“Idolatry then, according to the true and generally received definition of it, is a religious worship, given either to that which is not the true God, or to the true God himself, but otherwise than he hath prescribed in his word. From hence we plainly see that worship may be idolatrous two ways; (1.) In respect of the object: if it have any thing besides the true God for its object, it is gross idolatry; such as the first commandment condemns. Pagan idolatry, which the light of the gospel hath long since profligated and expelled out of these parts of the world. Or, (2.) In respect of the manner, when we worship the true God, but in a way and manner which he hath not prescribed in his word, but is invented and devised by ourselves; and this is condemned as idolatry in the second commandment; Thou shalt not [make to thyself] (i.e. out of thine own brain), or of thine own head, any [graven image;} under which title all human inventions, corrupting the pure and ample worship of God, are prohibited as idolatrous… This inventing or making to ourselves, is that which makes it idolatry, Amos v. 26. Numb. xv. 89. Hence the molten calf became an idol to the Israelites, not because it was the object of their worship; for it is plain, it was Jehovah, the true God, they intended to worship by it; appears from Exod. xxxii. 4, 5. ” To-morrow is a feast to the Lord.” And, as Dr. Willet observes, it had been impossible, that so good a man. as Aaron, would have yielded to them, if they had intended to worship it as a god: But yet it being’ a way or manner of worshipping the true God, which was of their own devising, it became idolatry. And this worship of God, in ways of our own invention becomes idolatrous upon a double ground: (1.) As it is will worship; i.e. such worship as hath no other ground or warrant but the will of man;-, Col. ii. 23. and so dethrones God, by setting up the will of the creature above his, and bestowing the peculiar honour, and incommunicable sovereignty and glory of the blessed God upon the creatures; for the absolute sovereignty of God, which is his glory, 1 Tim. vi. 15. is manifested in two things especially ; in his decrees, Rom. ix. 20. and in his laws, Isa. xxxiii. 22. James iv. 12. The Lord is our King, and Lawgiver; and there is one Lawgiver. Now, by prescribing any thing by our own authority in the worship of God, the commands of God are made void. Mat. xv. 6. his royal law is slighted, the throne of God invaded by the creatures, who will be a lawgiver too, which can no more be borne, than the heavens can bear two suns; and. God is hereby forgotten, as Hos. viii. 14. ” Israel hath forgotten ” his Maker, and builded temples;” i. e. by building [temples] when God had appointed but one temple. (John Flavel, Works, Volume 4, Banner of Truth Trust, Page 522-523)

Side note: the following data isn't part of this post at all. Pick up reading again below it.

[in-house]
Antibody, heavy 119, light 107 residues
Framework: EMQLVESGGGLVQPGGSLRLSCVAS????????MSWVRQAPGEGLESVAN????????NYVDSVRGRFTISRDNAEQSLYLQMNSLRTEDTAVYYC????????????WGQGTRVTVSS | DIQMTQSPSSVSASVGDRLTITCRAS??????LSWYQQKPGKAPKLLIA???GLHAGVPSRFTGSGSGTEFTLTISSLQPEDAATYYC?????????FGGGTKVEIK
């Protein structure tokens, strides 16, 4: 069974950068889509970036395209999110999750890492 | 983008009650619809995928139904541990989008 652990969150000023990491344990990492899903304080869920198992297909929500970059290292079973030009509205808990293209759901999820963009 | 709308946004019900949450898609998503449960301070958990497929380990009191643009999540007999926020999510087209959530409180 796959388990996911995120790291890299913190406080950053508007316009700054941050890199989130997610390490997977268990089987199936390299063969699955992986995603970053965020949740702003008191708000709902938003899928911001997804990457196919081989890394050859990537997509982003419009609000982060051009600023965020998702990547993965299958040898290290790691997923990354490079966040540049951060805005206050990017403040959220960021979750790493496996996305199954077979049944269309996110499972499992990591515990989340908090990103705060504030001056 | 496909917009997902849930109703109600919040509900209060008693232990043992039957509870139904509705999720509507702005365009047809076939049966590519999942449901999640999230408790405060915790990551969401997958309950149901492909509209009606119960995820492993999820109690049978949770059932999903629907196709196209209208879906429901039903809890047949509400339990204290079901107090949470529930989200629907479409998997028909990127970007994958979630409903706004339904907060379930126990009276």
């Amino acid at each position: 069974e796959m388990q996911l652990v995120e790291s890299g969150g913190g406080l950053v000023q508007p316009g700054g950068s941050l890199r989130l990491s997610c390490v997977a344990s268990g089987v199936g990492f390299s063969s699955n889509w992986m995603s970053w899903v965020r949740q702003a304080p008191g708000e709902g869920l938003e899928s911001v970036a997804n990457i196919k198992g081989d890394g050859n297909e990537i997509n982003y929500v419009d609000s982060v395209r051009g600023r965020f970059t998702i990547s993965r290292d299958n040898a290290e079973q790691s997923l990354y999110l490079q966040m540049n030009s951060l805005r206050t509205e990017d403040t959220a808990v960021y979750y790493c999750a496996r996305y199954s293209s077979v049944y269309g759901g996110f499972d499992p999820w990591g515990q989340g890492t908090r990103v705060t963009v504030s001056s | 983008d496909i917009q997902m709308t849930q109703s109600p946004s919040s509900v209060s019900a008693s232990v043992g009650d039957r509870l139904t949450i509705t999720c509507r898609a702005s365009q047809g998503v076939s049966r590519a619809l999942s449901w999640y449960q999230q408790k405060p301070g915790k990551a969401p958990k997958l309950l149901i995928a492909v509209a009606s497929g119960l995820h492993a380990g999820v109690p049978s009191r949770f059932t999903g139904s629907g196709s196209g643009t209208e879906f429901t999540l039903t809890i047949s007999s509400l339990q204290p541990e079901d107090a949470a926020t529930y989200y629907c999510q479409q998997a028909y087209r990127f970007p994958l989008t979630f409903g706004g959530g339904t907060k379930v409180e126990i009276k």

“Though God is pleased to stoop to our weak capacities, and set himself out in scripture by eyes, to signify his omnisciency; and hands to signify his power; yet it is very absurd, from metaphors and figurative expressions, to bring an argument for images and pictures; for, by that rule, God may be pictured by the sun and the element of fire, and by a rock; for God is set forth by these metaphors in scripture; and sure the papists themselves would not like to have such images made of God.” (Thomas Watson, A Body of Practical Divinity, Consisting of above One Hundred and Seventy Six-Sermons on the Shorter Catechism (Berwick: W. Gracie, 1806) 389.)